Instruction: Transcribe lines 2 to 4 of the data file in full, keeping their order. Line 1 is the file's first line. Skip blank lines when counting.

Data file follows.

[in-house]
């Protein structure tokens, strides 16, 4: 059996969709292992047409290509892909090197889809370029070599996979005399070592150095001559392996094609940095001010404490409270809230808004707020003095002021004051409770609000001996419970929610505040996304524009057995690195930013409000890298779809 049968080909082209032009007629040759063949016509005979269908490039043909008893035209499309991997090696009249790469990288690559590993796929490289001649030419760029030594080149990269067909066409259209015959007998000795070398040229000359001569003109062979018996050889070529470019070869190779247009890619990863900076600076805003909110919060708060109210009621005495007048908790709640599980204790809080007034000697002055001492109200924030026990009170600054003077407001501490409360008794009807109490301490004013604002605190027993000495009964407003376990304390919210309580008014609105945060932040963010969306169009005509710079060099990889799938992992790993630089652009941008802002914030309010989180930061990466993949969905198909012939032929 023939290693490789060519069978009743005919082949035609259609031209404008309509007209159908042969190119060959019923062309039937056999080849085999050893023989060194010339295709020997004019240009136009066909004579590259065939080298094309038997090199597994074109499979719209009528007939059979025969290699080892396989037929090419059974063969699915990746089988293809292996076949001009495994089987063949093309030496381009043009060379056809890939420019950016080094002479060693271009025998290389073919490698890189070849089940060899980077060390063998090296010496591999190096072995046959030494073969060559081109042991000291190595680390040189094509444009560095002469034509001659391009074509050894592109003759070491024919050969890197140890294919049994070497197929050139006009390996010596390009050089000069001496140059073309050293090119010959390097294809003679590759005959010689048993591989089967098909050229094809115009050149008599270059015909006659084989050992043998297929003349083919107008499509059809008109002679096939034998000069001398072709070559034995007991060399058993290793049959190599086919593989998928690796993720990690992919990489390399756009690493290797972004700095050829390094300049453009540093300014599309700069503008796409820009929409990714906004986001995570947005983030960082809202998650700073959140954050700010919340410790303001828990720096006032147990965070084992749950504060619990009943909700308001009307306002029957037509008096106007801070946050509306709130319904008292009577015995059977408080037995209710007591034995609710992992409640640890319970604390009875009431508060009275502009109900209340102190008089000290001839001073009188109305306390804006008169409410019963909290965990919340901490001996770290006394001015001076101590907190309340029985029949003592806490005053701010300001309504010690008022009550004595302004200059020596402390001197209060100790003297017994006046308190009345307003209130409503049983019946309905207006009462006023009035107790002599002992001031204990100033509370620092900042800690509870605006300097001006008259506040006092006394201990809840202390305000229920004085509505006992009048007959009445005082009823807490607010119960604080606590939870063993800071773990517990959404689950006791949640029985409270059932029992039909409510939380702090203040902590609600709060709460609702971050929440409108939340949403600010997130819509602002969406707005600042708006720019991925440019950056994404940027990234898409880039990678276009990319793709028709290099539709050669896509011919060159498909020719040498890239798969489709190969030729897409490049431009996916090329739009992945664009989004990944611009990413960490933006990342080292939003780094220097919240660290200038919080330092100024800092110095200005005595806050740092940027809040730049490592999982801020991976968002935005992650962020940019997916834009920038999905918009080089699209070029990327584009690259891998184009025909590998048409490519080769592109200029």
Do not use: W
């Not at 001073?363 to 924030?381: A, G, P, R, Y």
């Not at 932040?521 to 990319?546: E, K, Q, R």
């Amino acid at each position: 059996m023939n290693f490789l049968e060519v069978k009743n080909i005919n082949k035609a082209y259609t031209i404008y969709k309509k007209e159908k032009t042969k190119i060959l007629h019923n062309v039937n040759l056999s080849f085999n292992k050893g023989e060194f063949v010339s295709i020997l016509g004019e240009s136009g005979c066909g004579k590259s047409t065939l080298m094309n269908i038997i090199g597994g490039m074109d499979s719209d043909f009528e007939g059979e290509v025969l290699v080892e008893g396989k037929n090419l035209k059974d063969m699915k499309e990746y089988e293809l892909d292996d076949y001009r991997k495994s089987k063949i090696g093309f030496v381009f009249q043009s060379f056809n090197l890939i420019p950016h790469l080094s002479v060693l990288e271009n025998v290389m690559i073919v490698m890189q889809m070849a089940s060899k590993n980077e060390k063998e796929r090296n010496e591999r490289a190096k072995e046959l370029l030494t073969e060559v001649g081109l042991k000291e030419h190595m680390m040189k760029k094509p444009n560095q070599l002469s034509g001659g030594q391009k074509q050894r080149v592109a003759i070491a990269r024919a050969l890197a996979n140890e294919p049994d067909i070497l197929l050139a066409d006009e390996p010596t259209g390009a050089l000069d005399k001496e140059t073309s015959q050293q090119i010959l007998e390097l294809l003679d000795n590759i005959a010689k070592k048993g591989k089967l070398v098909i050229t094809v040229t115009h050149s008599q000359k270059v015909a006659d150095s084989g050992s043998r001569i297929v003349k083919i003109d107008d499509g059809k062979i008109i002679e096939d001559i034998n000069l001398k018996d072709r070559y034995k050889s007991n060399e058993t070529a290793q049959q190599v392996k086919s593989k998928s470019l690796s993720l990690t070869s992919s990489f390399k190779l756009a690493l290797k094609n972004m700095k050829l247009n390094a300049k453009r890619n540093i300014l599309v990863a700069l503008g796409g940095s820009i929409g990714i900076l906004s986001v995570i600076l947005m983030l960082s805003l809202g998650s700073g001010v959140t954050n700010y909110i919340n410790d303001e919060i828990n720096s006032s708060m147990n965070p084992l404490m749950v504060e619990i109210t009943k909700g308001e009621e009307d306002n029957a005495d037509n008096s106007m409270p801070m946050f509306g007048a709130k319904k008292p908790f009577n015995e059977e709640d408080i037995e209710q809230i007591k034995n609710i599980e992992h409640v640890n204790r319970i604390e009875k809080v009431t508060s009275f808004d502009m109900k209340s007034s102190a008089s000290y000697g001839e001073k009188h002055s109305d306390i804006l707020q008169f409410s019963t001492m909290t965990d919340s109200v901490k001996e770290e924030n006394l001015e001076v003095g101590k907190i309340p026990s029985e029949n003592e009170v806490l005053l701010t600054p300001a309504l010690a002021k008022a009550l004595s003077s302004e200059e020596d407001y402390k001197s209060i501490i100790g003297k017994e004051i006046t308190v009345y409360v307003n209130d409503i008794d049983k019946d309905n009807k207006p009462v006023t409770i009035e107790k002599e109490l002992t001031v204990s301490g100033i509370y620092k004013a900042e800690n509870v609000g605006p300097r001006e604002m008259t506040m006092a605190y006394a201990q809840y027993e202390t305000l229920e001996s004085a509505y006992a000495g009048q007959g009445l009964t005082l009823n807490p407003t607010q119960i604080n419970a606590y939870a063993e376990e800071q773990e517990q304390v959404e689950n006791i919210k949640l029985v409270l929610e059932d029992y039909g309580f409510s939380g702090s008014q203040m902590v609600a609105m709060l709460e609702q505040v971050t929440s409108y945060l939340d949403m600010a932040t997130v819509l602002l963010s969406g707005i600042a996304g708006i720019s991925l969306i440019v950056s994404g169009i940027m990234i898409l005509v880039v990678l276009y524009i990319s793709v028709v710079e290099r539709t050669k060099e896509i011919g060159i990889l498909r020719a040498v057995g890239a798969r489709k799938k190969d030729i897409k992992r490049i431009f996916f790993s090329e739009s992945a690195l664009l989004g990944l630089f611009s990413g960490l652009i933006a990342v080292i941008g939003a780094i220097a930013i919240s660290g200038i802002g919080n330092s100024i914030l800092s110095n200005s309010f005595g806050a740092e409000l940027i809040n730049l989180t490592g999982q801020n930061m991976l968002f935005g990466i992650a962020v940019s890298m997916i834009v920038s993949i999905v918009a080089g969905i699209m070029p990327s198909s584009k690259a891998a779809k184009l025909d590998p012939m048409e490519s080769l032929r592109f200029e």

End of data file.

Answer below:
């Protein structure tokens, strides 16, 4: 059996969709292992047409290509892909090197889809370029070599996979005399070592150095001559392996094609940095001010404490409270809230808004707020003095002021004051409770609000001996419970929610505040996304524009057995690195930013409000890298779809 049968080909082209032009007629040759063949016509005979269908490039043909008893035209499309991997090696009249790469990288690559590993796929490289001649030419760029030594080149990269067909066409259209015959007998000795070398040229000359001569003109062979018996050889070529470019070869190779247009890619990863900076600076805003909110919060708060109210009621005495007048908790709640599980204790809080007034000697002055001492109200924030026990009170600054003077407001501490409360008794009807109490301490004013604002605190027993000495009964407003376990304390919210309580008014609105945060932040963010969306169009005509710079060099990889799938992992790993630089652009941008802002914030309010989180930061990466993949969905198909012939032929 023939290693490789060519069978009743005919082949035609259609031209404008309509007209159908042969190119060959019923062309039937056999080849085999050893023989060194010339295709020997004019240009136009066909004579590259065939080298094309038997090199597994074109499979719209009528007939059979025969290699080892396989037929090419059974063969699915990746089988293809292996076949001009495994089987063949093309030496381009043009060379056809890939420019950016080094002479060693271009025998290389073919490698890189070849089940060899980077060390063998090296010496591999190096072995046959030494073969060559081109042991000291190595680390040189094509444009560095002469034509001659391009074509050894592109003759070491024919050969890197140890294919049994070497197929050139006009390996010596390009050089000069001496140059073309050293090119010959390097294809003679590759005959010689048993591989089967098909050229094809115009050149008599270059015909006659084989050992043998297929003349083919107008499509059809008109002679096939034998000069001398072709070559034995007991060399058993290793049959190599086919593989998928690796993720990690992919990489390399756009690493290797972004700095050829390094300049453009540093300014599309700069503008796409820009929409990714906004986001995570947005983030960082809202998650700073959140954050700010919340410790303001828990720096006032147990965070084992749950504060619990009943909700308001009307306002029957037509008096106007801070946050509306709130319904008292009577015995059977408080037995209710007591034995609710992992409640640890319970604390009875009431508060009275502009109900209340102190008089000290001839001073009188109305306390804006008169409410019963909290965990919340901490001996770290006394001015001076101590907190309340029985029949003592806490005053701010300001309504010690008022009550004595302004200059020596402390001197209060100790003297017994006046308190009345307003209130409503049983019946309905207006009462006023009035107790002599002992001031204990100033509370620092900042800690509870605006300097001006008259506040006092006394201990809840202390305000229920004085509505006992009048007959009445005082009823807490607010119960604080606590939870063993800071773990517990959404689950006791949640029985409270059932029992039909409510939380702090203040902590609600709060709460609702971050929440409108939340949403600010997130819509602002969406707005600042708006720019991925440019950056994404940027990234898409880039990678276009990319793709028709290099539709050669896509011919060159498909020719040498890239798969489709190969030729897409490049431009996916090329739009992945664009989004990944611009990413960490933006990342080292939003780094220097919240660290200038919080330092100024800092110095200005005595806050740092940027809040730049490592999982801020991976968002935005992650962020940019997916834009920038999905918009080089699209070029990327584009690259891998184009025909590998048409490519080769592109200029």
Do not use: W
């Not at 001073?363 to 924030?381: A, G, P, R, Y």